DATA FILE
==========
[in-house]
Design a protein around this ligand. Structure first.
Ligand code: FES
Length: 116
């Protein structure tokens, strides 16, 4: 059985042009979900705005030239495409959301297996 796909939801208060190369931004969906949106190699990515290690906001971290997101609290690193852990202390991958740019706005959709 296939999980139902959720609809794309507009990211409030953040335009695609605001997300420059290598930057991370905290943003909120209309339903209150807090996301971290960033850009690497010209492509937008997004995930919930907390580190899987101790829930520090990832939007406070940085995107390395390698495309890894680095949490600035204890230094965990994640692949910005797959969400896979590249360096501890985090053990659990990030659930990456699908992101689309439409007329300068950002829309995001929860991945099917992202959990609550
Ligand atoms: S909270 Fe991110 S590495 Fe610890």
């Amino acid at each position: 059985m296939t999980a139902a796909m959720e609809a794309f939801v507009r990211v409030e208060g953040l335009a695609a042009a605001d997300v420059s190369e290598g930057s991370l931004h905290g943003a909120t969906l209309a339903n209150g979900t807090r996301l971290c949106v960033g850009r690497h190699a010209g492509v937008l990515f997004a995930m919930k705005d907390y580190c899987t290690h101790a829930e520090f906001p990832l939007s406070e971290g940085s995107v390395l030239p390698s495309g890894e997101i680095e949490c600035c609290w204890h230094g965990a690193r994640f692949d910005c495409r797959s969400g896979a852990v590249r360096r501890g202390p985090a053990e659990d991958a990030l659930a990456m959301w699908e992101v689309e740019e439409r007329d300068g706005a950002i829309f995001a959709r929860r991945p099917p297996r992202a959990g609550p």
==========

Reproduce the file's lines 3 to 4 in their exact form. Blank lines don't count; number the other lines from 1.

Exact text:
Ligand code: FES
Length: 116